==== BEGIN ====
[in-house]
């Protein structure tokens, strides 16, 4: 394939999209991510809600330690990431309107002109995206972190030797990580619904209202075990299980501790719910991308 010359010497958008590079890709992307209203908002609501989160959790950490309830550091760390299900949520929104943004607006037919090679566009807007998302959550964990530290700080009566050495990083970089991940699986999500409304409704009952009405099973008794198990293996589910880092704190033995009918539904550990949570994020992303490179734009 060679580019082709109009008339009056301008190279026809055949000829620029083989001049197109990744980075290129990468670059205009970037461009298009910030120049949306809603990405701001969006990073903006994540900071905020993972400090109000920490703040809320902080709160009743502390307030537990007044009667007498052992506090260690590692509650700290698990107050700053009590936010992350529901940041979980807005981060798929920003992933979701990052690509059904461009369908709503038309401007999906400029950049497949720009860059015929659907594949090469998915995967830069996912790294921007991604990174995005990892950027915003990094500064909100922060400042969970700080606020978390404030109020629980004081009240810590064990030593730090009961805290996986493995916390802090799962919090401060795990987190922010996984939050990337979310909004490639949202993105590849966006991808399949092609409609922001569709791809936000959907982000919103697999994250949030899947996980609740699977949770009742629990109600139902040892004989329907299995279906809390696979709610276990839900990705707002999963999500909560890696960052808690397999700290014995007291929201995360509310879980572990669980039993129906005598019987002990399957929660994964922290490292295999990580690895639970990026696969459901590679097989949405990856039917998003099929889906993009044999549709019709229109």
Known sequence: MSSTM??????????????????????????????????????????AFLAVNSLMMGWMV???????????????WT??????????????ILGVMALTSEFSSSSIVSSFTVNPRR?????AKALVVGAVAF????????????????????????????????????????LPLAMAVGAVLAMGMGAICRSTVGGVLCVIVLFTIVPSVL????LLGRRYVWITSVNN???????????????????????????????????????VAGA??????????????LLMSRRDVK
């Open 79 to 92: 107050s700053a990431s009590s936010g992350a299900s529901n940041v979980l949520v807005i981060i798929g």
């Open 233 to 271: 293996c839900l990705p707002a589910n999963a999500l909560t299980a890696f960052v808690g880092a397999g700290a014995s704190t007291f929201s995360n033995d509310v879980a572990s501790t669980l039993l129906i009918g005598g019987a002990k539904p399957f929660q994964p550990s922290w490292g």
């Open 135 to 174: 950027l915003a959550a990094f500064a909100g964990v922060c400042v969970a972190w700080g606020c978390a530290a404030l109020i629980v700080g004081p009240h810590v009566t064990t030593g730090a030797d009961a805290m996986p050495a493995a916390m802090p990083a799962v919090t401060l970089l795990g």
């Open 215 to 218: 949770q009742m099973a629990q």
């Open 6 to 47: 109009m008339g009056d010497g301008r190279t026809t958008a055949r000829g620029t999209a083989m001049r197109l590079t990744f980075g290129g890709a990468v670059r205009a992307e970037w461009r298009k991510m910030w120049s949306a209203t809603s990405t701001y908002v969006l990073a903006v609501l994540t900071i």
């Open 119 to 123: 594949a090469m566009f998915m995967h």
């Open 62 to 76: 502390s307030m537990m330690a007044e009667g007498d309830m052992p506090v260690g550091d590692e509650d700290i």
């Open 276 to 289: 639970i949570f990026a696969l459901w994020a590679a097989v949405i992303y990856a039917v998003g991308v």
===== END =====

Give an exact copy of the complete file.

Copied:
[in-house]
């Protein structure tokens, strides 16, 4: 394939999209991510809600330690990431309107002109995206972190030797990580619904209202075990299980501790719910991308 010359010497958008590079890709992307209203908002609501989160959790950490309830550091760390299900949520929104943004607006037919090679566009807007998302959550964990530290700080009566050495990083970089991940699986999500409304409704009952009405099973008794198990293996589910880092704190033995009918539904550990949570994020992303490179734009 060679580019082709109009008339009056301008190279026809055949000829620029083989001049197109990744980075290129990468670059205009970037461009298009910030120049949306809603990405701001969006990073903006994540900071905020993972400090109000920490703040809320902080709160009743502390307030537990007044009667007498052992506090260690590692509650700290698990107050700053009590936010992350529901940041979980807005981060798929920003992933979701990052690509059904461009369908709503038309401007999906400029950049497949720009860059015929659907594949090469998915995967830069996912790294921007991604990174995005990892950027915003990094500064909100922060400042969970700080606020978390404030109020629980004081009240810590064990030593730090009961805290996986493995916390802090799962919090401060795990987190922010996984939050990337979310909004490639949202993105590849966006991808399949092609409609922001569709791809936000959907982000919103697999994250949030899947996980609740699977949770009742629990109600139902040892004989329907299995279906809390696979709610276990839900990705707002999963999500909560890696960052808690397999700290014995007291929201995360509310879980572990669980039993129906005598019987002990399957929660994964922290490292295999990580690895639970990026696969459901590679097989949405990856039917998003099929889906993009044999549709019709229109």
Known sequence: MSSTM??????????????????????????????????????????AFLAVNSLMMGWMV???????????????WT??????????????ILGVMALTSEFSSSSIVSSFTVNPRR?????AKALVVGAVAF????????????????????????????????????????LPLAMAVGAVLAMGMGAICRSTVGGVLCVIVLFTIVPSVL????LLGRRYVWITSVNN???????????????????????????????????????VAGA??????????????LLMSRRDVK
């Open 79 to 92: 107050s700053a990431s009590s936010g992350a299900s529901n940041v979980l949520v807005i981060i798929g």
């Open 233 to 271: 293996c839900l990705p707002a589910n999963a999500l909560t299980a890696f960052v808690g880092a397999g700290a014995s704190t007291f929201s995360n033995d509310v879980a572990s501790t669980l039993l129906i009918g005598g019987a002990k539904p399957f929660q994964p550990s922290w490292g």
């Open 135 to 174: 950027l915003a959550a990094f500064a909100g964990v922060c400042v969970a972190w700080g606020c978390a530290a404030l109020i629980v700080g004081p009240h810590v009566t064990t030593g730090a030797d009961a805290m996986p050495a493995a916390m802090p990083a799962v919090t401060l970089l795990g």
């Open 215 to 218: 949770q009742m099973a629990q």
């Open 6 to 47: 109009m008339g009056d010497g301008r190279t026809t958008a055949r000829g620029t999209a083989m001049r197109l590079t990744f980075g290129g890709a990468v670059r205009a992307e970037w461009r298009k991510m910030w120049s949306a209203t809603s990405t701001y908002v969006l990073a903006v609501l994540t900071i």
């Open 119 to 123: 594949a090469m566009f998915m995967h």
């Open 62 to 76: 502390s307030m537990m330690a007044e009667g007498d309830m052992p506090v260690g550091d590692e509650d700290i």
């Open 276 to 289: 639970i949570f990026a696969l459901w994020a590679a097989v949405i992303y990856a039917v998003g991308v």